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LarryImler

Boeing FMC help

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Hay guys whats going on, I am looking for the meaning and correct format for the ISA Dev, its on the desent forcast page and also the SEL/OAT on the N1 Limit page. I know the OAT is outside air temp but the SEL/ part of it is confusing, I know it has to be a larger number then the OAT but what is the format and how do I get the number on both parts. Thanks in advance Lar

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Hi,=================================A formula on how to calculate ISA Deviation=================================ISA deviation = OAT - ISA (International Standard Atmosphere) temperature for the heightISA = 15 - 1.98 * Hp/1000but you would normally use 2 in lieu of 1.98.e.g. planned cruise at pressure height (Hp) 3000 ft. Forecast OAT is 20C.ISA dev becomes= 20 - (15 - 2 * 3)= 20 - (15 - 6)= 20 - 9= +11e.g. 8000 ft and OAT -10dev is= -10 - (15 - 2 * 8)= -10 - (15 - 16)= -10 - (-1)= -10 + 1= -9If the minuses cause a problem, this is the same as sayingISA = -1Cdev is the number of degrees above or below ISA, so -10C is 9C colder so the deviation is -9C. and so on. This all presumes that you can get the numbers above correct.================================================================orIf you're looking for a "one liner", the following should suit your purposeISA Deviation = SAT - (15-PH/1000*1.9812)x(PH<36089.24)-56.5X-(PH=>36089.24)Where SAT = Static Air Temperature in °C, and PH = Pressure Height in feet.That will take care of business up to 82021 feet Pressure Height, after that adifferent set of parameters apply.================================================================orJust double the altitude minus 15 until FL360. So it's -54 until about Fl450.Mach to TAS: Multiply Mx6.1 - Ram rise.(example: M8x6.1=488-28=460)To convert IAS to Mach: TAS + RAT=488 divided by 6.1=Menvironmentalenvelope.gif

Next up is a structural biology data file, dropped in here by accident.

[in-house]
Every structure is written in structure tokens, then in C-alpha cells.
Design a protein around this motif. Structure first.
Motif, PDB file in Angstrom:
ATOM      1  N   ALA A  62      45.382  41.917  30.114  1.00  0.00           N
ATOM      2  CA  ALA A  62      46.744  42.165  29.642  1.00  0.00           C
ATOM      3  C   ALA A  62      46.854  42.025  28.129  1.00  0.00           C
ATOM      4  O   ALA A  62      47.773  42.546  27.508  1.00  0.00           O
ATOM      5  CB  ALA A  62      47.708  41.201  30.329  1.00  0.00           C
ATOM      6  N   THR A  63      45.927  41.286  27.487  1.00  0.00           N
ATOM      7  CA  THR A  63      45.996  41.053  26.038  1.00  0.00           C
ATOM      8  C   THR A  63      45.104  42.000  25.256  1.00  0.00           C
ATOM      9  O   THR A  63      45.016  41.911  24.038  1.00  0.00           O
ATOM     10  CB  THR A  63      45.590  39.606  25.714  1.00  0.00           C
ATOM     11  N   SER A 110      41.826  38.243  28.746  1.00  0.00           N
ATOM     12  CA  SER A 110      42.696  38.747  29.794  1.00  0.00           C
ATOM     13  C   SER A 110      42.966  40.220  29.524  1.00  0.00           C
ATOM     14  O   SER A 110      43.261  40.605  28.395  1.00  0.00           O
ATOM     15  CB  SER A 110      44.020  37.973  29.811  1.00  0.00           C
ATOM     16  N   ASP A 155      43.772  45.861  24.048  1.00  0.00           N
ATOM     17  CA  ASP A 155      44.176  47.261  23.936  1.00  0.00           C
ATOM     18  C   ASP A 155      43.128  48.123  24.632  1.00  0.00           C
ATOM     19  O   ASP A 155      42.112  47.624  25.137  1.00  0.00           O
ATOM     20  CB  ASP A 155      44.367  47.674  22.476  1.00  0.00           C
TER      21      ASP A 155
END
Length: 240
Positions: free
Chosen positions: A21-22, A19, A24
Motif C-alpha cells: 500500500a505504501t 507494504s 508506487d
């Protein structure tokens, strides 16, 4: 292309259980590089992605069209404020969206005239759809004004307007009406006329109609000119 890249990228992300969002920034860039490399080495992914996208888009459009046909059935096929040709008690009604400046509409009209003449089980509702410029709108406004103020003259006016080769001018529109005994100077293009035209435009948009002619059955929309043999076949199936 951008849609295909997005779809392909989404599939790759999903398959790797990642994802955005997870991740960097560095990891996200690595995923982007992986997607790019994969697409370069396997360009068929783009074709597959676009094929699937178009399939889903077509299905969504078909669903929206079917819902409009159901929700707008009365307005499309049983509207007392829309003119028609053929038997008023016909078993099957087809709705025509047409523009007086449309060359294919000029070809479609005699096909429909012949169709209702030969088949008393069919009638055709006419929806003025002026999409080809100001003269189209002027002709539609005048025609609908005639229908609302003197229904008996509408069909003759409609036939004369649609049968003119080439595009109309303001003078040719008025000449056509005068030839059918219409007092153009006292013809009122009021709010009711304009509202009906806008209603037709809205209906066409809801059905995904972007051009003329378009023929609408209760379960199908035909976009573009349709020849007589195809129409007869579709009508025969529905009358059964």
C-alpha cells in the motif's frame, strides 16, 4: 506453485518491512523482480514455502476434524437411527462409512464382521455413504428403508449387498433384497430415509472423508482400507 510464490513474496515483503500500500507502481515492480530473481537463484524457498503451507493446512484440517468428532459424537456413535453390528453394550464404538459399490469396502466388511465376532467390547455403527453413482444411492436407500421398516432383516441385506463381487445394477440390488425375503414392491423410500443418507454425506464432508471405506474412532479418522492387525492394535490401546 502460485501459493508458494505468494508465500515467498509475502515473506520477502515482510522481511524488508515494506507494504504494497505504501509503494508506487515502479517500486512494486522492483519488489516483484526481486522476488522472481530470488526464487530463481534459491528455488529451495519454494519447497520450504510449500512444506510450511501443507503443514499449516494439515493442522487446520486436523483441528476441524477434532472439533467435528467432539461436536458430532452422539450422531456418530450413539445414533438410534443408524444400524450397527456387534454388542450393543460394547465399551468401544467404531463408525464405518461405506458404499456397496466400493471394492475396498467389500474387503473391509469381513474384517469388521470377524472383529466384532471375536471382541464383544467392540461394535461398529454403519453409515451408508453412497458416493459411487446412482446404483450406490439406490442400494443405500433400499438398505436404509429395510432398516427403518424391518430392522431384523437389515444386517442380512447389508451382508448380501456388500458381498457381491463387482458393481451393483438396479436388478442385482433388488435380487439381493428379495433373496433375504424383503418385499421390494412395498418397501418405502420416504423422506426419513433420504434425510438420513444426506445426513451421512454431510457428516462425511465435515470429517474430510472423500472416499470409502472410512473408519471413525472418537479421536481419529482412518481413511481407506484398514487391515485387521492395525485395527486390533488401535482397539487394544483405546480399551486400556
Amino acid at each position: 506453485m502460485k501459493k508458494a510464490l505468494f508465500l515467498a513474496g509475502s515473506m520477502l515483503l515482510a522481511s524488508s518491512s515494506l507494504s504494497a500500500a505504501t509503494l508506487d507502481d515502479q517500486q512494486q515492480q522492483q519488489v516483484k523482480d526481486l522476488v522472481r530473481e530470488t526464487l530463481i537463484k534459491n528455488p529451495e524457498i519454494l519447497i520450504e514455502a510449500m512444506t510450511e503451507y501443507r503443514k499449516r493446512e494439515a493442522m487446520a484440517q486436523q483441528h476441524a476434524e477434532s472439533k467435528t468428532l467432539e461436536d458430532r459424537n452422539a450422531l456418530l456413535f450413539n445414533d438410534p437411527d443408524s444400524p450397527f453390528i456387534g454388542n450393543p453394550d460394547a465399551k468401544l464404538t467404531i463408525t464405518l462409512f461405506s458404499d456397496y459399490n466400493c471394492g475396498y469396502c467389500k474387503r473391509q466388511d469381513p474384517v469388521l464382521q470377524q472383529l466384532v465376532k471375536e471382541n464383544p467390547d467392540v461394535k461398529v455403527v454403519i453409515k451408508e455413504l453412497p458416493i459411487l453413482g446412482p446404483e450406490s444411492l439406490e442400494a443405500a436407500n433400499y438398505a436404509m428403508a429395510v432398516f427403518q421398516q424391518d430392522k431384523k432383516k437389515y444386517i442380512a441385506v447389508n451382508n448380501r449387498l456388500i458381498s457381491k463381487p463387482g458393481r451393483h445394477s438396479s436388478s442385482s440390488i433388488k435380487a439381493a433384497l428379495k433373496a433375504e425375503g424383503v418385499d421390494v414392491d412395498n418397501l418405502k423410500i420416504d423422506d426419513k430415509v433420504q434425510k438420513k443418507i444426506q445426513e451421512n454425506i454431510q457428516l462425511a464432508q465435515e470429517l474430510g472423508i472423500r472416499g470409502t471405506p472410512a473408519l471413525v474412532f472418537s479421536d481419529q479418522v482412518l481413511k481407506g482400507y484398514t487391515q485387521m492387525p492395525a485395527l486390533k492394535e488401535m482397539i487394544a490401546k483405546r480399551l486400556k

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You'll be pleased to know I typed all this out and then the forum bombed on me, so this is attempt number two LOL...ISA is the International Standard Atmosphere, which is the 'standard daytime weather' setting that was agreed upon by various organisations around the world so that things such as the thrust ratings of engines could be agreed upon, i.e. if an engine is claimed to develop 29,000lbs of thrust, it should be able to do that in ISA conditions.ISA is: 1013.25Mb of pressure, or 29.92Hg inches of mercury, at a temperature 15°C when at sea level. Anything other than that when at sea level is known as an ISA deviation.Where FMCs are concerned, ISA is important because if you tell the FMC some info about temperature and pressure, it uses that to calculate various things, for example to calculate how much thrust to set the engines to for a take off when you press the TOGA (Takeoff/Go Around) levers on the throttles (Control+G in FS by default), or where your Top of Descent should be for the ideal descent point on your flight plan. Knowing this, you can fool the FMC into doing some fancy tricks for you, such as using reduced thrust to prevent wear on the engines if you kind of 'lie to it' about what the temperature is; otherwise known as a derated take off.To do a derated take off, there are in fact two places on a Boeing FMC where you can enter the necessary info (depending on what type of FMC it is). On an older FMC, you go to the 'Takeoff Ref' page and enter two values, one in the OAT field (Outside Air Temperature) and one in the SEL TEMP field (Selected Temperature). Your OAT will be the real temperature, your SEL TEMP will be your fake one.On a newer FMC, such as the one in a 737 NG, you enter that info on the 'N1 Limit' page, where you will find both those temperature input fields on the same line, i.e. the SEL/OAT field up at the top. You put the fake temperature in the first bit and the real temperature in the second bit. So the format for that would be something like 32/15 (i.e. 32 degrees is your fake temp, and 15 degrees is the real one).But you don't just take a wild &amp;@(&#036;* guess at that, what you do is consult the take off tables for the aircraft and determine what is the highest temperature at your given weight where the aircraft will still take off. This is then your maximum assumed temperature setting that you can use. You do of course also have to ensure you have enough runway to do this, since the whole point of all this is to use less thrust, which reduces the wear on the engines, but also means you will accelerate down the runway up to your take off speed a bit slower. As your aircraft climbs, it gradually ditches this pseudo temperature data, so that by 15,000 feet it will be back to normal parameters assuming all your genuine temperature data is correct. It is important to get this right on a real airliner incidentally, because if you spend ages accelerating down the runway, you might overheat the tires, and then when you retract them, you could have a wheel well fire or a tire explosion since they will no longer be cooled by the airflow.In case you were curious about why the FMC will reduce thrust if you tell it the air is hotter than it really is, a jet engine can get swamped with warm air and that will reduce its efficiency, so even though the air is theoretically thinner when warmer, the engine will still need to suck it in more slowly to avoid being swamped, so it reduces the N1 speed in order to do that.Once merrily flying on your way, you will notice that your FMC has calculated a T/D (Top of Descent) for you, based on a vertical bearing of 3.5 degrees or FPA (Flight Path Angle) if you are using VNAV. But to make that accurate and useful, you have to enter some info, and you do that on the DES FORECAST page (Descent Forecast). You can again have it do different things based on what you put in the ISA DEV (International Standard Atmosphere Deviation), but you should put in the real temperature at sea level and the real pressure at sea level (i.e. the deviation from ISA). If you do that, it should then start you down with VNAV at the optimum distance for your flight plan.Hope that helps.Al